One of the objectives in helping to rebuild Iraq is to restore water and sanitation systems in the country to ensure a reliable supply of potable water to the general public. Both water and sanitation systems are designed to protect public health, although after many years of outdated operating practices and
inadequate maintenance, the need for rehabilitation of these facilities to their original capacities has become urgent. The need to protect public health and improve water supply to the public means that the planned rehabilitation will go beyond restoring the system to pre-conflict conditions.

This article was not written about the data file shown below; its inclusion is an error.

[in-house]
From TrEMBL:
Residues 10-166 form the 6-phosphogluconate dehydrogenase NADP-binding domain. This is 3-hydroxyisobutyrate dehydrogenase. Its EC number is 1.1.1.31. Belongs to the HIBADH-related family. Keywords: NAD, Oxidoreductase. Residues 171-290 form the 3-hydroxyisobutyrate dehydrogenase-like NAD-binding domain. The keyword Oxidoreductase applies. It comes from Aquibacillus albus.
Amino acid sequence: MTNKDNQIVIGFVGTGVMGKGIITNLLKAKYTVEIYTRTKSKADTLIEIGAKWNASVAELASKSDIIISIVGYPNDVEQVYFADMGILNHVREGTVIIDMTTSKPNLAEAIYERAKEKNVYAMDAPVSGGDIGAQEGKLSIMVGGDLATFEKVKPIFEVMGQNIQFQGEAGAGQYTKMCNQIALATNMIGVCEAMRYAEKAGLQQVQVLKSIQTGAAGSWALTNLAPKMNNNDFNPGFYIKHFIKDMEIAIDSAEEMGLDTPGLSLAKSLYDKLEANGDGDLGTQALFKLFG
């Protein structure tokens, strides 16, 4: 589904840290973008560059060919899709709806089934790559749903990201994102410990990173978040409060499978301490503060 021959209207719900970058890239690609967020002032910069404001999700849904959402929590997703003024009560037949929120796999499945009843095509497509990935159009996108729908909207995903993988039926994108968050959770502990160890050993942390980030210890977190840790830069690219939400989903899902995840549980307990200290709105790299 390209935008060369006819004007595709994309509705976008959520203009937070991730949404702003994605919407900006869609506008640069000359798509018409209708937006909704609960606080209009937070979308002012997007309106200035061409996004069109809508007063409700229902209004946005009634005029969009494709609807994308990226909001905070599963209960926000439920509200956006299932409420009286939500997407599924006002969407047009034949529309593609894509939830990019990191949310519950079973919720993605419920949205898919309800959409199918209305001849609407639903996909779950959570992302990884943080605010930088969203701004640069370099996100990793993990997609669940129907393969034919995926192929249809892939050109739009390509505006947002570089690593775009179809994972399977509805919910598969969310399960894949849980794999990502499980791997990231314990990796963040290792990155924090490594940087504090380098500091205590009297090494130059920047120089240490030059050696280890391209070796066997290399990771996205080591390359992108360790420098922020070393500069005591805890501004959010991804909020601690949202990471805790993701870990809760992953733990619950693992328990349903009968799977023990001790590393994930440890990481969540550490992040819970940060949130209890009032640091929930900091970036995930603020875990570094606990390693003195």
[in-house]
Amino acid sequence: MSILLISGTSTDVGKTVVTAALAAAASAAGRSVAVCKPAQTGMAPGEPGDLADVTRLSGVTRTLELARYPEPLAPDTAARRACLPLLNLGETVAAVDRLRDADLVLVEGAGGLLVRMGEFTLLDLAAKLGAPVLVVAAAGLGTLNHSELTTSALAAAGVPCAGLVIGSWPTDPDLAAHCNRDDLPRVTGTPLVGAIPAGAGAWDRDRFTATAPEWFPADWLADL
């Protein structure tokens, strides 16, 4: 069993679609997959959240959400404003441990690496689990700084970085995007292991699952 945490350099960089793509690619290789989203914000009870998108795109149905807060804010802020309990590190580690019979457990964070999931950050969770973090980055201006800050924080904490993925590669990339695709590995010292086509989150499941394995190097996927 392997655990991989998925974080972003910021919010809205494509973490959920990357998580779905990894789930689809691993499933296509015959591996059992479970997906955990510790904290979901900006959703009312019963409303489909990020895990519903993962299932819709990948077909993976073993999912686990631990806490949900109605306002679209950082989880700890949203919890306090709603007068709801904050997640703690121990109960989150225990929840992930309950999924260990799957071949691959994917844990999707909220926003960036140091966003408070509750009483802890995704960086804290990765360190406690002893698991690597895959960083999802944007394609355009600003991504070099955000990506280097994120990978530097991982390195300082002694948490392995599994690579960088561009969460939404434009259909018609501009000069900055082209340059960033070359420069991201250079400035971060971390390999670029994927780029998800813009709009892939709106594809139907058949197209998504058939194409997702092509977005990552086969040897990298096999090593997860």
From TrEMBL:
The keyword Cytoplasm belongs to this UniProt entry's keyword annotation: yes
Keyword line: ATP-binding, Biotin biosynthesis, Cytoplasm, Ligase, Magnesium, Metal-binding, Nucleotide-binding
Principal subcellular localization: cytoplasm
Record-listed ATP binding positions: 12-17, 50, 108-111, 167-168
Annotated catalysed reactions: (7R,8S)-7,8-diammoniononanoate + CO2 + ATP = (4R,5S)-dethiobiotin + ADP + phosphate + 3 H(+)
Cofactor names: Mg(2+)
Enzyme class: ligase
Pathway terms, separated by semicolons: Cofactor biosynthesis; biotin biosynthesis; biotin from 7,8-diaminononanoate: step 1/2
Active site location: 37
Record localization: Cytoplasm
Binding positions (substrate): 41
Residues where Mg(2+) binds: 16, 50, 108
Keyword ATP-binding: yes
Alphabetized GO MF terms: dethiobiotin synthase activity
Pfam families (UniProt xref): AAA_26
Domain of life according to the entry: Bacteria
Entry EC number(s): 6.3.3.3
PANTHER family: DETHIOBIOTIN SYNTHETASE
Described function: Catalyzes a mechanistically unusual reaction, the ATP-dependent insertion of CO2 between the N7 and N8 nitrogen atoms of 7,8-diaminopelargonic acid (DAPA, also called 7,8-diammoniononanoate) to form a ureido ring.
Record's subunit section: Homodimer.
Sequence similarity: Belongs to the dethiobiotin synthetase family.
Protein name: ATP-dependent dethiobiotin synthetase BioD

Plans and programs are being established to restore water and sanitation systems in Baghdad and six other urban centres across Iraq. Program work ranges in size and duration, from short-term projects such as the restoration of potable water to 40,000 residents of Safwan (completed in November 2003), to longer-term projects such as the Shark Dijla project in Baghdad, which will increase potable water supply to the capital by 225 million litres a day by May 2004.
Additionally, a Baghdad citywide sewage system refurbishment program, co-funded by the US Agency for International Development (USAID) and the Coalition Provisional Authority (CPA), will benefit 3.5 million residents of Baghdad and many more downstream upon completion, while in the southern city of Basrah, a systematic refurbishment of the water supply system will benefit 1.5 million residents.